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Last Updated: Tuesday, 19 June 2007, 16:08 GMT 17:08 UK
Biker's family reject new apology
Mark Gibney (family photo)
Police admitted permission to show the photos had not been sought
The family of a man decapitated in a motorcycle accident have rejected a second apology by police who showed images of his body without permission.

The images of Mark Gibney, 40, were shown by North Wales Police chief constable Richard Brunstrom at a closed road safety briefing for journalists.

The force has apologised to the family and the Independent Police Complaints Commission is investigating the case.

His family from Merseyside, said the apology was "too little too late".

In a statement the family said: "The Gibney family have received, in a letter dated 8 June 2007, a further apology from the chief constable.

"This apology is rejected by the Gibney family.

"This apology is 'too little too late' and comes a full six weeks after the contentious presentation of 26 April 2007."

North Wales Police declined to comment on the family's reaction.

Last month, Mr Gibney's family met the Independent Police Complaints Commission (IPCC), which is reviewing the case following a voluntary referral from the North Wales Police Authority.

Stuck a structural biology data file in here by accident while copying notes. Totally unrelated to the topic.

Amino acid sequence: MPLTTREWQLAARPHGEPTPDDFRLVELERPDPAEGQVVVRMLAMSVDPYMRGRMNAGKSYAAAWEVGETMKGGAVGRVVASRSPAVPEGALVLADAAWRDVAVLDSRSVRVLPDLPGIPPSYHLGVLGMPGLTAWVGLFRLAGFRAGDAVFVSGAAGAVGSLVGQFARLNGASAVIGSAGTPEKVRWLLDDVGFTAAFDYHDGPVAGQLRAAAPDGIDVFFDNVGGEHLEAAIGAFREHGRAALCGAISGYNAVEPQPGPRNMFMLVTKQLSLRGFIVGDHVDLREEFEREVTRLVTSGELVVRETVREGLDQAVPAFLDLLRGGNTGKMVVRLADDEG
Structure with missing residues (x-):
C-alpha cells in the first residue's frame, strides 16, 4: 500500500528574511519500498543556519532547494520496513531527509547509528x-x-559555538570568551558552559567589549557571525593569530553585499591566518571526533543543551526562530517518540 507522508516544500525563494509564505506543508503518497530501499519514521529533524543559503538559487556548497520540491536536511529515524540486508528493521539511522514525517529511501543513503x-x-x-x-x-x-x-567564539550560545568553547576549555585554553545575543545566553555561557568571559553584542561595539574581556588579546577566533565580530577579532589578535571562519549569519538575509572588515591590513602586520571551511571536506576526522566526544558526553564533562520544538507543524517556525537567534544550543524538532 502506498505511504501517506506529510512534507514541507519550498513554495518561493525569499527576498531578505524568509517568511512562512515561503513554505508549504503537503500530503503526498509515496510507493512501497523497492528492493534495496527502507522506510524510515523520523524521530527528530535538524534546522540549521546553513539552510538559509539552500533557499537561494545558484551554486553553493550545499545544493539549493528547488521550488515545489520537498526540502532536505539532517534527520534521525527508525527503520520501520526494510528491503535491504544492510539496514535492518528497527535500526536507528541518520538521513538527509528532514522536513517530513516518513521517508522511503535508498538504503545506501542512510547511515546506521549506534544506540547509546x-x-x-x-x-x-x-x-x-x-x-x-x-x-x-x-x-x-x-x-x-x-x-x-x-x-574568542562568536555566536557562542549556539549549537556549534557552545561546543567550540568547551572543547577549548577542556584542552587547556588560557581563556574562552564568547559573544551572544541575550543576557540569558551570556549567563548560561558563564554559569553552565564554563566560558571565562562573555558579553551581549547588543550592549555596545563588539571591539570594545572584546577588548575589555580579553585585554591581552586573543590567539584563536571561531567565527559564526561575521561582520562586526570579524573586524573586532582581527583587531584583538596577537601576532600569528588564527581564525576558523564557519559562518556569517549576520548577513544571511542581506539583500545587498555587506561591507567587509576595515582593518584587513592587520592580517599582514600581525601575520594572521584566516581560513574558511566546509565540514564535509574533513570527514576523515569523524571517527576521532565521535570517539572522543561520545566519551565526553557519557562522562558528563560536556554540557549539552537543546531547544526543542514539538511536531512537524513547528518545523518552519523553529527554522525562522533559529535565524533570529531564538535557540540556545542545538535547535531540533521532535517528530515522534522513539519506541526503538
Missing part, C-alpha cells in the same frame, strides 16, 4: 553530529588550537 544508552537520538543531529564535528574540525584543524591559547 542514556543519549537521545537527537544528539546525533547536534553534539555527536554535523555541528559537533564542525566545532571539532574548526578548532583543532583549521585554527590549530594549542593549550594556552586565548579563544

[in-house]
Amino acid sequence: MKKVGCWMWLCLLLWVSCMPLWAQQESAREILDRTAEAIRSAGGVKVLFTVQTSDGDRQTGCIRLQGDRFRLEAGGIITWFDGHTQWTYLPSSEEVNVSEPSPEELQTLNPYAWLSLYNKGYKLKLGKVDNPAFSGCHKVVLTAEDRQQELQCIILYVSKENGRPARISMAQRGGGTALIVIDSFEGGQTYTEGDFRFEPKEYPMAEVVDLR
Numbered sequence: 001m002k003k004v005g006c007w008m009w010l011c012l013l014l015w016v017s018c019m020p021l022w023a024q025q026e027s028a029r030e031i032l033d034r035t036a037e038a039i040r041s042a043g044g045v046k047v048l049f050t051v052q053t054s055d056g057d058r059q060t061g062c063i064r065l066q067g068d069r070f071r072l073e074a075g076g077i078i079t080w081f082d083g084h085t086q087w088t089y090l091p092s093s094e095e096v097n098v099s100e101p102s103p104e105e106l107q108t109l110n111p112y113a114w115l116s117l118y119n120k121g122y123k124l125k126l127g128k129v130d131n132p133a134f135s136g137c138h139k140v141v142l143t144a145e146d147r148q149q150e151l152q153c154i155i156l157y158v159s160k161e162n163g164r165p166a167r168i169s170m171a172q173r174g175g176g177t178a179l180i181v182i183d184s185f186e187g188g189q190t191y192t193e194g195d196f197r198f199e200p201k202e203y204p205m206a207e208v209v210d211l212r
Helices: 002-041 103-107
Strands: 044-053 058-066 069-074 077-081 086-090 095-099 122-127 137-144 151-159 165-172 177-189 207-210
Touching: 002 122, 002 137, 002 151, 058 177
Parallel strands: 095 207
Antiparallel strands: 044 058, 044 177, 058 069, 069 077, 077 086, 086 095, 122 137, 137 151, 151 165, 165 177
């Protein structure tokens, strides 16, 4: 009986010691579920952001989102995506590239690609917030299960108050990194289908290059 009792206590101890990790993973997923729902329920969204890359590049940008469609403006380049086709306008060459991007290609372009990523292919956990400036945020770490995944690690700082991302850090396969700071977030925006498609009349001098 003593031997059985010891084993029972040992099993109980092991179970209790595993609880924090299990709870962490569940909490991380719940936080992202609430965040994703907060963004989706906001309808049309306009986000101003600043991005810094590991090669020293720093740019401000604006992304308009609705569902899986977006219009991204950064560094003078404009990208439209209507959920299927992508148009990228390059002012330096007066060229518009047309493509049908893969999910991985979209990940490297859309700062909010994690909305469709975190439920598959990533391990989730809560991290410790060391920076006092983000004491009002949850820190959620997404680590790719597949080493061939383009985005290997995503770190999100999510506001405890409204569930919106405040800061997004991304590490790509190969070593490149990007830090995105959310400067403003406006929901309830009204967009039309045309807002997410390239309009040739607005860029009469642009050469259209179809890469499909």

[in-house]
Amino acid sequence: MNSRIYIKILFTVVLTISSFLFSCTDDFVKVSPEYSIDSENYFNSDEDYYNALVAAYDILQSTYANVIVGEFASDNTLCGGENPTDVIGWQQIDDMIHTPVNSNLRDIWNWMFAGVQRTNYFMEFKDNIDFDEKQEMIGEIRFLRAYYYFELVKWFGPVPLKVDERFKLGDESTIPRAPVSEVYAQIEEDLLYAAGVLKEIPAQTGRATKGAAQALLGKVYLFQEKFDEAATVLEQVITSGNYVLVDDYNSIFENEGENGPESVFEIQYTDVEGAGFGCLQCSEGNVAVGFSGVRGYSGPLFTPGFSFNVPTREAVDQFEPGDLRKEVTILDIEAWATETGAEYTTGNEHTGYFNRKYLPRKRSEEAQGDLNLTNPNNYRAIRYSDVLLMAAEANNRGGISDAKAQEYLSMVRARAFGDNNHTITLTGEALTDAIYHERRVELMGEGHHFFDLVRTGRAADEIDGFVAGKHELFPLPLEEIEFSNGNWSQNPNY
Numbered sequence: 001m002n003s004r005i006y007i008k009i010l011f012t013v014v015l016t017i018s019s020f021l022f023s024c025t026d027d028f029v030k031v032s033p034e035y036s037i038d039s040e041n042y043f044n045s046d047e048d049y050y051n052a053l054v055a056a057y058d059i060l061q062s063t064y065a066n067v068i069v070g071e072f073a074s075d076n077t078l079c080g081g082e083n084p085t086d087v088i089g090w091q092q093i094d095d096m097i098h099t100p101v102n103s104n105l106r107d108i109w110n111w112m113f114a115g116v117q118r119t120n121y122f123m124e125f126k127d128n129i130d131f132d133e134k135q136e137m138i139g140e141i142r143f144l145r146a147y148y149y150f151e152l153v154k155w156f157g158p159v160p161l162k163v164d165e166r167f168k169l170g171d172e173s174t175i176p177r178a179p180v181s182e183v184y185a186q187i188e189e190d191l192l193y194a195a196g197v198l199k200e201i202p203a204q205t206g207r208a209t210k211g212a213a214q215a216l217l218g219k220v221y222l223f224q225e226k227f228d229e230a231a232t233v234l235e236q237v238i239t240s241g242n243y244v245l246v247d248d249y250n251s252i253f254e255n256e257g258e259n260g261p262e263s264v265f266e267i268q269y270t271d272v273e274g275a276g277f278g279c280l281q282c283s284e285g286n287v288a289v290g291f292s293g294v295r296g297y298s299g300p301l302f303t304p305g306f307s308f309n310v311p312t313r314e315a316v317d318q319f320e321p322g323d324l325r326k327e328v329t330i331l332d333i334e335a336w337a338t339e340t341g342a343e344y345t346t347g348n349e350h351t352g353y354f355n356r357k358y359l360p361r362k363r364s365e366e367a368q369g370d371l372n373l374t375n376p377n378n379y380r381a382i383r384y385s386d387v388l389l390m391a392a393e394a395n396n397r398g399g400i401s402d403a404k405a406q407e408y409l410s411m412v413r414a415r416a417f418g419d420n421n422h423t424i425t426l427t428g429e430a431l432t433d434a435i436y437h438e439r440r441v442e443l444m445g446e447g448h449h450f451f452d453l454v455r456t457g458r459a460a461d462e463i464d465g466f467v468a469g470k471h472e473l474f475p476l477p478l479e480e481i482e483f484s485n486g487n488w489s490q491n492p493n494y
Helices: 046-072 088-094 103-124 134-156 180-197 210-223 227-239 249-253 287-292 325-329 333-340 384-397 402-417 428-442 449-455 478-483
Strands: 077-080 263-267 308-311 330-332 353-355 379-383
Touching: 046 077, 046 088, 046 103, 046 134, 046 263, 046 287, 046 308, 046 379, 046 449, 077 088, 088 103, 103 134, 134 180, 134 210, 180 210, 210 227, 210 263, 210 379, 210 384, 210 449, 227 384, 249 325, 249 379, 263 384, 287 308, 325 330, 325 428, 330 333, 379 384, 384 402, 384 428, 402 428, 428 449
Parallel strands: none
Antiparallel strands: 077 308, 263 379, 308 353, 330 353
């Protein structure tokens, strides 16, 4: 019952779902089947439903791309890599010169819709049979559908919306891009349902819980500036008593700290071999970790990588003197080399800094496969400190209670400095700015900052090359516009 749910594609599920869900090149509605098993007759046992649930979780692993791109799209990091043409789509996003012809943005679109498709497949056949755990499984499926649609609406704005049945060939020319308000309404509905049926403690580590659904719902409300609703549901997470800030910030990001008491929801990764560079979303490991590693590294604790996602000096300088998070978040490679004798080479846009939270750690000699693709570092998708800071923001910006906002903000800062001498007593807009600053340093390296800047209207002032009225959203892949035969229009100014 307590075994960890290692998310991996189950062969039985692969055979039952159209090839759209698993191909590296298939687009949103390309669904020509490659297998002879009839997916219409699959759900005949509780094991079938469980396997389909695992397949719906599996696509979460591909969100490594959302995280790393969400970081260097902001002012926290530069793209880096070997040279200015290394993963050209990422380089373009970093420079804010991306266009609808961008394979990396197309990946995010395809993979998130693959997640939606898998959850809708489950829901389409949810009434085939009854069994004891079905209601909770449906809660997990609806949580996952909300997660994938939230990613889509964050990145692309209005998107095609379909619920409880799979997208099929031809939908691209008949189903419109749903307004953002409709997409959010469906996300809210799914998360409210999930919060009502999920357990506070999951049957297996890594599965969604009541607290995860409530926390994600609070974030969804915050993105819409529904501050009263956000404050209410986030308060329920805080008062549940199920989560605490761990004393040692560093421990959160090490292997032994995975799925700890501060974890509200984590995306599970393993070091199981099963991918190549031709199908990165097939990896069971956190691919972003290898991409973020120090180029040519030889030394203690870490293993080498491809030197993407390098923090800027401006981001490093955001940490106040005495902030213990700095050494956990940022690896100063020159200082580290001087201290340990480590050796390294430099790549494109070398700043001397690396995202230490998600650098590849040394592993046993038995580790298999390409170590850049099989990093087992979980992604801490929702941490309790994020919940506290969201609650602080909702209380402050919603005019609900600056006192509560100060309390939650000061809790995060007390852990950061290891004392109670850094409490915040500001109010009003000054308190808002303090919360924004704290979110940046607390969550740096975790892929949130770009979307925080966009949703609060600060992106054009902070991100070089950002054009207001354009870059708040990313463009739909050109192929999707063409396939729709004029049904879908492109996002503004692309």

Richard Brunstrom, North Wales Police chief constable
Mr Brunstrom said the images were shown in confidence

Earlier in June, a protest was held by 250 motorcyclists in Llandudno in protest at the decision to show the pictures of Mr Gibney's body.

Mr Gibney died in 2003 when his bike crashed on a bend on the B5105 between Cerrigydrudion and Ruthin in Denbighshire.

An image of his severed head lying on a grass verge was shown to journalists and council officials during a private road safety presentation by Mr Brunstrom on 26 April.

His headless torso was also shown, as well as photographs of the bodies of two young men killed in a separate crash.

Afterwards, Mr Brunstrom claimed the pictures had been shown in confidence and accused some sections of the media of "distorting" the meeting.

He also defended his actions, saying he had shown the images to "give the context" of his anti-speeding campaign.

The force apologised to the family "for the distress caused by the publicity" but this was rejected by the relatives who announced they were taking legal advice.




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